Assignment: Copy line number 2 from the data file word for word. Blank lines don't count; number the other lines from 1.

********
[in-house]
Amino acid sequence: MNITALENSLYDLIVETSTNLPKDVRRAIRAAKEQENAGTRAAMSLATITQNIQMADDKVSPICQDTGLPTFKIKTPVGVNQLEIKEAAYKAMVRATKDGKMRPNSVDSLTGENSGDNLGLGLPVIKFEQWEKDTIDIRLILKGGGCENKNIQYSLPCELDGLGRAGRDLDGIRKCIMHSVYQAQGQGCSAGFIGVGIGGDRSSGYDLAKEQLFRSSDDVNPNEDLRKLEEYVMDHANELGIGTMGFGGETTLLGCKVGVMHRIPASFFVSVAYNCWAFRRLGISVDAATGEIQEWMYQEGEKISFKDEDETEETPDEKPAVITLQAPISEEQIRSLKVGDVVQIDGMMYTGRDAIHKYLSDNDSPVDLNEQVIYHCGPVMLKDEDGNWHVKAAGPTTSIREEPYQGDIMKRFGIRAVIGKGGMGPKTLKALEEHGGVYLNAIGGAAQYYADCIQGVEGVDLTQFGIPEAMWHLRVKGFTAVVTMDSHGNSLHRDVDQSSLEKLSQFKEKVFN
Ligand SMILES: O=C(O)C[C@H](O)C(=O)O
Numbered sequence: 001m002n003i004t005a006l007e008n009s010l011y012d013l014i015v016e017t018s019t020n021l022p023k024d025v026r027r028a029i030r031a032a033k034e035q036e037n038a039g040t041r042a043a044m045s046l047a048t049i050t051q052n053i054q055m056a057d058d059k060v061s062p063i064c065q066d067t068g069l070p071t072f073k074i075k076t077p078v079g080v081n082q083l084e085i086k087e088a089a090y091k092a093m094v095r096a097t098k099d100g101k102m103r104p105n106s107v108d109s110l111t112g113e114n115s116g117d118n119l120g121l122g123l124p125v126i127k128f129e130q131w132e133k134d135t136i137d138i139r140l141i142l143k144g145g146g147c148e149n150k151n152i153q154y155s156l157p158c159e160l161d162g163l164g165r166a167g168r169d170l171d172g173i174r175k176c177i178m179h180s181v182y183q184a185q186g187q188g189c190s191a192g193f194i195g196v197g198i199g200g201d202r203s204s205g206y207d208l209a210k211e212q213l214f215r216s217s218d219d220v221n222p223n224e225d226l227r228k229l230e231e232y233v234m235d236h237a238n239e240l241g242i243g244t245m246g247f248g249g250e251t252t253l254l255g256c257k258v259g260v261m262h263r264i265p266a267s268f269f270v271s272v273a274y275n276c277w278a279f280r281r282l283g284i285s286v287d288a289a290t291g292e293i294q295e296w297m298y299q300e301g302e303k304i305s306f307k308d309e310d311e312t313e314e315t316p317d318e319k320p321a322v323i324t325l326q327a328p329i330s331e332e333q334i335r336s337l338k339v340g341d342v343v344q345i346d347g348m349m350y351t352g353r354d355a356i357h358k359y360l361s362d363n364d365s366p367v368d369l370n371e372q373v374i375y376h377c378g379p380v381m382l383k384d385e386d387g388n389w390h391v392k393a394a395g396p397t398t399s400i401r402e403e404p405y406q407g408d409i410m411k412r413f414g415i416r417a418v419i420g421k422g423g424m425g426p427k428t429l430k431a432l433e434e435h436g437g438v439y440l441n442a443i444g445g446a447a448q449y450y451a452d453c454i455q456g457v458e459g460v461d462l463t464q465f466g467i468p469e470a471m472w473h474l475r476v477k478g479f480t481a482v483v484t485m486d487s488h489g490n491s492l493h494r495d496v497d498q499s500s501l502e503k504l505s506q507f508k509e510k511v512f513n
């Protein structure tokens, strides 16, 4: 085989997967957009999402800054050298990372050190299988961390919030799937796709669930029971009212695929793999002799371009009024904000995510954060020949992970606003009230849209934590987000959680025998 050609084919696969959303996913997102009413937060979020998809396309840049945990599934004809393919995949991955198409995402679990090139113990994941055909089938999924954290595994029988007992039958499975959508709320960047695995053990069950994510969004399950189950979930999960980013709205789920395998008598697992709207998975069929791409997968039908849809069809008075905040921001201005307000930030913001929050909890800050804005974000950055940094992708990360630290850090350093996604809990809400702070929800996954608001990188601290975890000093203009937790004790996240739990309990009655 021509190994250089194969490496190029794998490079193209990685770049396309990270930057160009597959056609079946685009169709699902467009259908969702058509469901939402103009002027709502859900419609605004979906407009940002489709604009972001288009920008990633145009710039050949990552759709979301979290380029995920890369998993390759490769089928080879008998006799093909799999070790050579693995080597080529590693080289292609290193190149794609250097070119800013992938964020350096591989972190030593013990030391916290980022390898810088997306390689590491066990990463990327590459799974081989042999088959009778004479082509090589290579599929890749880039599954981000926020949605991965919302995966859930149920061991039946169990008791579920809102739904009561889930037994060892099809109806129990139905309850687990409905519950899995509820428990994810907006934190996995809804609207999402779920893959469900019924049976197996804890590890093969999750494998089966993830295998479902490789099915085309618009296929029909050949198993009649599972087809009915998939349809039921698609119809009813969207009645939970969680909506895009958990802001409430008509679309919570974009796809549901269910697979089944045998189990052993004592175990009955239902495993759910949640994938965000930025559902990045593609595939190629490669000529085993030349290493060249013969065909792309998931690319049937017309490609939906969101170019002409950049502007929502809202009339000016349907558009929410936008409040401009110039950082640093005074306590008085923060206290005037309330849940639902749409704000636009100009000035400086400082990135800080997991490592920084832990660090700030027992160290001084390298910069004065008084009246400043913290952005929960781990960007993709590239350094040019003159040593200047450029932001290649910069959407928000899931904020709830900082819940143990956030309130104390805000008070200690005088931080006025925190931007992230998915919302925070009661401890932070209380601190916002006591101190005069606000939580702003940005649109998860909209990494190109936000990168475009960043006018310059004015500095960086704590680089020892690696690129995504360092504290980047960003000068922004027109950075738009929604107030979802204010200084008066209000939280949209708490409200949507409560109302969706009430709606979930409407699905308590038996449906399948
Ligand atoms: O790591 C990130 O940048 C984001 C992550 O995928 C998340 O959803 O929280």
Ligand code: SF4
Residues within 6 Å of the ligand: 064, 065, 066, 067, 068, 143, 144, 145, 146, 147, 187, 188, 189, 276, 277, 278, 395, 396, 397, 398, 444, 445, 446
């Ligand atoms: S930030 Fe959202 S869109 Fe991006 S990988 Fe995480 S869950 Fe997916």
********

Amino acid sequence: MNITALENSLYDLIVETSTNLPKDVRRAIRAAKEQENAGTRAAMSLATITQNIQMADDKVSPICQDTGLPTFKIKTPVGVNQLEIKEAAYKAMVRATKDGKMRPNSVDSLTGENSGDNLGLGLPVIKFEQWEKDTIDIRLILKGGGCENKNIQYSLPCELDGLGRAGRDLDGIRKCIMHSVYQAQGQGCSAGFIGVGIGGDRSSGYDLAKEQLFRSSDDVNPNEDLRKLEEYVMDHANELGIGTMGFGGETTLLGCKVGVMHRIPASFFVSVAYNCWAFRRLGISVDAATGEIQEWMYQEGEKISFKDEDETEETPDEKPAVITLQAPISEEQIRSLKVGDVVQIDGMMYTGRDAIHKYLSDNDSPVDLNEQVIYHCGPVMLKDEDGNWHVKAAGPTTSIREEPYQGDIMKRFGIRAVIGKGGMGPKTLKALEEHGGVYLNAIGGAAQYYADCIQGVEGVDLTQFGIPEAMWHLRVKGFTAVVTMDSHGNSLHRDVDQSSLEKLSQFKEKVFN